Inside The Numbers: James Laurinaitis

The first two installments of "Inside The Numbers" were focused on the offensive side of the ball, but the third and final one is a bit different. This time, it's James Laurinaitis who gets compared to some of the best linebackers in Buckeye history.

The final piece turns its attention to the defensive side of the ball, a much harder place to prognosticate. After all, who would have expected a defense returning just two starters in 2006 to be one of the best scoring defenses in the country? In the same vein, who could have predicted the emergence of James Laurinaitis, a sophomore known more for his father's wrestling profession than for his play entering the year?

The Hamel, Minn., native finished the season with 115 tackles, intercepted five passes, forced three fumbles and made four sacks. Those numbers helped Laurinaitis win the postseason Nagurski Award, given to the best defensive player in the country by the Charlotte Touchdown Club.

Now what is on the horizon for the fast-rising junior-to-be? Can he improve on his numbers with another year of experience?

Looking at defensive numbers can be very difficult to do because those numbers are much more heavily influenced by game situations and luck than offensive statistics. For example, A.J. Hawk went from 141 stops in 2004 to 121 in '05, but Hawk wasn't any less a player. However, we can do a number of tests that should at least put us in the ballpark of what should be expected from the "Little Animal" in 2007.

Tackle numbers are often the hardest to predict but a few general trends can be found when looking at how those numbers changed for OSU linebackers going from their sophomore to junior years in the last quarter century.

Since 1982, eight Buckeye sophomore stoppers – Pepper Johnson, Chris Spielman, Steve Tovar, Craig Powell, Lorenzo Styles, Andy Katzenmoyer, Na'il Diggs and Hawk – before Laurinaitis logged more than 80 tackles. Of those eight, six saw their tackle numbers increase during their junior years. On average, the eight made 13.5 more tackles as juniors than as sophomores.

The numbers are even more favorable for Laurinaitis when one looks at the sophomores to have more than 100 tackles. Laurinaitis is just the fifth Buckeye to do that in the past 25 years, joining Spielman (140 tackles in 1985), Tovar (125 in '90), Styles (117 in '93) and Hawk (106 in '03). Three of the previous four – all but Tovar – saw their tackle numbers go up during their junior years. On average, the four gained made over 21 more stops as juniors.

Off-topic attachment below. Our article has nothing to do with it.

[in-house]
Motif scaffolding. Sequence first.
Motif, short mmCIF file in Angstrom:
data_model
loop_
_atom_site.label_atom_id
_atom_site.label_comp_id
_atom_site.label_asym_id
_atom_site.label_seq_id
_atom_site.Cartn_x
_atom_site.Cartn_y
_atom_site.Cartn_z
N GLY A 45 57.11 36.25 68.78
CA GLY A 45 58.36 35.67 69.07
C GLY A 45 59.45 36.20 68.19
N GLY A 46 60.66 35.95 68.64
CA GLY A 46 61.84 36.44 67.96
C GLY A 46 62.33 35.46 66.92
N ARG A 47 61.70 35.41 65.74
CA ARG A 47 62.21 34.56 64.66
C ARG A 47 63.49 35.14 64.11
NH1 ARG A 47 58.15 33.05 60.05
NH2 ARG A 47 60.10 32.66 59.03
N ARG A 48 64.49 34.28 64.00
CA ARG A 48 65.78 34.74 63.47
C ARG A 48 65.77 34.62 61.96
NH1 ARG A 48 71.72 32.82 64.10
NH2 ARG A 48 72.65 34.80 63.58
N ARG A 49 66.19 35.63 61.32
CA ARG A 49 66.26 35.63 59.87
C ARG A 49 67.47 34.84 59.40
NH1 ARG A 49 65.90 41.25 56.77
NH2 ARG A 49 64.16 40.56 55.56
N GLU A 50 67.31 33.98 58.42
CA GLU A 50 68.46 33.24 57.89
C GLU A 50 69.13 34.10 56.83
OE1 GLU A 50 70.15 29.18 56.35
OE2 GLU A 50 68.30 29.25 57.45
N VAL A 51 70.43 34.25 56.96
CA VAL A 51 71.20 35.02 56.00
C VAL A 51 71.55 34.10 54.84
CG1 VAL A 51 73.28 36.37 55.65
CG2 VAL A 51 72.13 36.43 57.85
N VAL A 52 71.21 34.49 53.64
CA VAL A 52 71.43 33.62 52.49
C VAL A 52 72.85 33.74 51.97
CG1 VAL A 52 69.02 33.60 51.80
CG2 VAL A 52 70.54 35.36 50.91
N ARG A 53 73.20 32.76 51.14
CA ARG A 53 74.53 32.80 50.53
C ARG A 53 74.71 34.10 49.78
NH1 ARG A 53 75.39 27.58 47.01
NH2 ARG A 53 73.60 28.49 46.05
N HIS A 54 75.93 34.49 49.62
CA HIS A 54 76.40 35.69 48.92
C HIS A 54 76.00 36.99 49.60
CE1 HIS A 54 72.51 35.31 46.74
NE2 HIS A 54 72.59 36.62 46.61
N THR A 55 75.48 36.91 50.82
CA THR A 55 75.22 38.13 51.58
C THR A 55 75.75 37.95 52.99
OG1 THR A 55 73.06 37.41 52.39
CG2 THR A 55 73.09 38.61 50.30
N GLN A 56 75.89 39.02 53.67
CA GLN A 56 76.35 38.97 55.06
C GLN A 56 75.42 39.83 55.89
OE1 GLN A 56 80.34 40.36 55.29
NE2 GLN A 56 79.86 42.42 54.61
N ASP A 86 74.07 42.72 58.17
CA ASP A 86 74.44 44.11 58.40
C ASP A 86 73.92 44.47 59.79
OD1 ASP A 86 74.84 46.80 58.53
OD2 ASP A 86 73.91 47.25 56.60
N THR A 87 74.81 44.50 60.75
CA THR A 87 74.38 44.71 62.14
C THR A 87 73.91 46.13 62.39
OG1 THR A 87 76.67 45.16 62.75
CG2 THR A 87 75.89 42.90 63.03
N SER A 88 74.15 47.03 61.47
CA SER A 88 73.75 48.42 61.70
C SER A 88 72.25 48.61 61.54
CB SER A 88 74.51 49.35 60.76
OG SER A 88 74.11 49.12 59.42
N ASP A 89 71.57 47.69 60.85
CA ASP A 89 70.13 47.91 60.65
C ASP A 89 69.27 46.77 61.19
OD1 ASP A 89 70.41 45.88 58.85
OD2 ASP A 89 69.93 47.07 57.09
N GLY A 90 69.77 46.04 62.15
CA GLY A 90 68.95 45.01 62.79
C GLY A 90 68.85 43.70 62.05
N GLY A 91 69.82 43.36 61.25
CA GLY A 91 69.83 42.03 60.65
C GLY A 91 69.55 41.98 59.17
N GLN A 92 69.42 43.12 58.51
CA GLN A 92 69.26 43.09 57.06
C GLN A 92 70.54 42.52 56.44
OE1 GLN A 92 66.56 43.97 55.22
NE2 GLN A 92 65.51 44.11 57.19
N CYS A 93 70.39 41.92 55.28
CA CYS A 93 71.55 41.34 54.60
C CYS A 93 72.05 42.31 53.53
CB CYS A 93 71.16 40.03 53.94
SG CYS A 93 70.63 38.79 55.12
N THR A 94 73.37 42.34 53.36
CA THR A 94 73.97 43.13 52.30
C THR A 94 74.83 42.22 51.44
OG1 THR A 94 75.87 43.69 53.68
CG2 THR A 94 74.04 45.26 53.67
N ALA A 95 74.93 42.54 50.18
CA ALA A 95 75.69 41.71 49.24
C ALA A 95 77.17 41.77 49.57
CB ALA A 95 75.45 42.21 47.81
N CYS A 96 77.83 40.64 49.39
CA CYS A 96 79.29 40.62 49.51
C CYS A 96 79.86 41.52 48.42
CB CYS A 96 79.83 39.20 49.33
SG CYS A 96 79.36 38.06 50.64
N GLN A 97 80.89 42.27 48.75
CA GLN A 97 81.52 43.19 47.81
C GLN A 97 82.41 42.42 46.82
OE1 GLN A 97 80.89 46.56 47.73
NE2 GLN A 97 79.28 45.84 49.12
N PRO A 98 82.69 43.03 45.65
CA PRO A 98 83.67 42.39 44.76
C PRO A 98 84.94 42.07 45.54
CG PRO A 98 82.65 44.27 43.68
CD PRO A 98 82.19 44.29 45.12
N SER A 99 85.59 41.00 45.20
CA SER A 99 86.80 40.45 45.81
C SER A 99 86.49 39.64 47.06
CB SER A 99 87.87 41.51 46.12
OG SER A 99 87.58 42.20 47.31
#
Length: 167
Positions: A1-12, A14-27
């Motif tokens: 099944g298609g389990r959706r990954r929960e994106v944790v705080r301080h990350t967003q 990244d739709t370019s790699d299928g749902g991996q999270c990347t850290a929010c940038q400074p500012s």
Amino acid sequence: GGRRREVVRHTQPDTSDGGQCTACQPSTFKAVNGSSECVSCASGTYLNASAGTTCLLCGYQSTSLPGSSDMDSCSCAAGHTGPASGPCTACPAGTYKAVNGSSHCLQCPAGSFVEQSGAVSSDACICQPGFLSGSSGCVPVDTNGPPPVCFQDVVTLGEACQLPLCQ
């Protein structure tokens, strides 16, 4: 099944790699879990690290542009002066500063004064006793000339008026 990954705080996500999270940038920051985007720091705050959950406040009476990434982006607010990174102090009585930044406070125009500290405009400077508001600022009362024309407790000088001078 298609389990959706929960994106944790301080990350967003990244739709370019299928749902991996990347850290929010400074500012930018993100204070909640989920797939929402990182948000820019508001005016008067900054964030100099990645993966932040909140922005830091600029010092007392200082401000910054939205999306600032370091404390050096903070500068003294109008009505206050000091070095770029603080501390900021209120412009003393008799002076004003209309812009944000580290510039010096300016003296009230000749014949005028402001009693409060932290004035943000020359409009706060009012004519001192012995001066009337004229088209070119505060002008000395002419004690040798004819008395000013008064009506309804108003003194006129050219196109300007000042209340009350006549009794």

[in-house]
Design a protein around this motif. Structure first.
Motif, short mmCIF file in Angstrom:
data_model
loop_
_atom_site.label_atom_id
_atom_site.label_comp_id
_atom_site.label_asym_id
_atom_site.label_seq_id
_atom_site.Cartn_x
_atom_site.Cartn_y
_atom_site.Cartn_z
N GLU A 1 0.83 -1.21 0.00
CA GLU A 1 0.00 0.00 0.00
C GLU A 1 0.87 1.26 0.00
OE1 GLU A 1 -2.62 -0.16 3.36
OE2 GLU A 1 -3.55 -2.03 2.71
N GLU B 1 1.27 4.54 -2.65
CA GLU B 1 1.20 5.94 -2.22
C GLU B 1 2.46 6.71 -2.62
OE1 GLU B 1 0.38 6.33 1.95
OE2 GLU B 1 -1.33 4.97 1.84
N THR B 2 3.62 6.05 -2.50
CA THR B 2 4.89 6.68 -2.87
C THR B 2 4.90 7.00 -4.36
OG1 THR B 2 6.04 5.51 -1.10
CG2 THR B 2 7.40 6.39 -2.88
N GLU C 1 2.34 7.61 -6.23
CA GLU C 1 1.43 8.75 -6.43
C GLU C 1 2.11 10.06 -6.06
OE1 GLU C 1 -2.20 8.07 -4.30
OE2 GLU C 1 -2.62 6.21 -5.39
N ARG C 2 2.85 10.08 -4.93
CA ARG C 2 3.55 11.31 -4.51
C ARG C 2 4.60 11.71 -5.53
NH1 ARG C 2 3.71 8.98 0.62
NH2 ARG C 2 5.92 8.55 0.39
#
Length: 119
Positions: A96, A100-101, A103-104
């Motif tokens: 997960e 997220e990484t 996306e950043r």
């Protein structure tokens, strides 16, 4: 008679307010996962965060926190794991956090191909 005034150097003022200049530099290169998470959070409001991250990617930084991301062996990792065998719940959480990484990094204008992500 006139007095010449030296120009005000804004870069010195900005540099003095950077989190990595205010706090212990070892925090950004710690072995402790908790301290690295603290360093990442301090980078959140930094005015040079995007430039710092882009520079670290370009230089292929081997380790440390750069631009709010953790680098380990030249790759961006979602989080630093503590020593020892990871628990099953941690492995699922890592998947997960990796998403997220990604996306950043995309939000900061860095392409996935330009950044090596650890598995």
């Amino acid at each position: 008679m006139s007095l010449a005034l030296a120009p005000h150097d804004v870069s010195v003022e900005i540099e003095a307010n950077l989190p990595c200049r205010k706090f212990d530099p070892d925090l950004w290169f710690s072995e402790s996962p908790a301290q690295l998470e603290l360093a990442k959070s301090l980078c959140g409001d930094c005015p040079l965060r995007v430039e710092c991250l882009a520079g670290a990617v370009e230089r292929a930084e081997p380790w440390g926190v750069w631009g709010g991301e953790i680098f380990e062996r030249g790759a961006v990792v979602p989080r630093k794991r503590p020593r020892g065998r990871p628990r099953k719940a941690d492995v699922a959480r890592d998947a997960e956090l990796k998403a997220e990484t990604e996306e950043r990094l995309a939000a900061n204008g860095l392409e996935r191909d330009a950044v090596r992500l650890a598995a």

So the numbers tend to say that Laurinaitis will boost his number of tackles in 2007. However, there are a number of other things to keep in mind contextually. Three other factors that could come into play are the number of plays OSU's defense will face, how many of those for which Laurinaitis can expect to be on the field, and if there have been any depth chart changes over the past year.

No one doubts that Ohio State, with Marcus Freeman, Larry Grant, Curtis Terry, Ross Homan, Austin Spitler and Thaddeus Gibson on the spring two-deep, has a plethora of options at the linebacker spot. It would be reasonable to expect Laurinaitis to see his playing time cut into with that stockpile of talent around, but the fact remains that No. 33 was hard to get off the field in '06 with that cast behind him.

Will another year of maturation for the group mean less playing time for Laurinaitis? It's almost a 50/50 shot either way. Laurinaitis enters the year as the undisputed leader of the defense, but it is conceivable that the OSU coaching staff will do its best, especially in nonconference games, to spread the playing time as much as possible and rest their All-America candidate.

Either way, it might not matter given that the Ohio State defense can expect to be on the field for more plays in 2007. Buckeye opposition averaged just 61.5 plays per game in 2007, down from an average of 69.4 over the past five years. With the 2006 clock rules that sped up the game now gone, it wouldn't be surprising to see the Buckeye defense on the field for more plays per game in 2007, giving all members of the defense a chance to make more stops.

Finally, Laurinaitis should see plenty of time on the field in both passing and running situations, just as he was in 2006. Laurinaitis was rarely pulled off the field based on a situation the defense found itself in. Instead, he was given a series or two off here and there as breathers but stayed on the field nearly at all times because his physical skills allowed him to excel against both the pass and run. There is no reason not to believe he will have to be subbed based on situations in '07 as well.

It was that ability to defend the pass that helped Laurinaitis intercept five passes in '06, the most for a Buckeye linebacker since Spielman picked off six in 1986. However, it would be very difficult to expect Laurinaitis to get anywhere near that number again in '07.

Just four Buckeye linebackers in the past 25 years have had three or more interceptions in multiple seasons. Spielman foreshadowed his dominant '86 numbers with three picks in '85, Marcus Marek had four as a sophomore and three as a senior in '82, Rowland Tatum had three in both 1982 as a junior and then again in '83, and Greg Bellisari snagged three in '94 and '95.

Five others – Glen Cobb, Johnson, Katzenmoyer, Bobby Carpenter and Ryan Miller – had a season of three or more picks but could not put together multiple seasons with a trio of snags. Katzenmoyer was the poster child for the vagaries of interceptions, as he intercepted four passes as a freshman, two a year later and none as a junior in 1998.

What it all means is that there's a chance that, with his continued use in passing situations and good hands, Laurinaitis will get to three picks, but expecting any more might be asking a little much.

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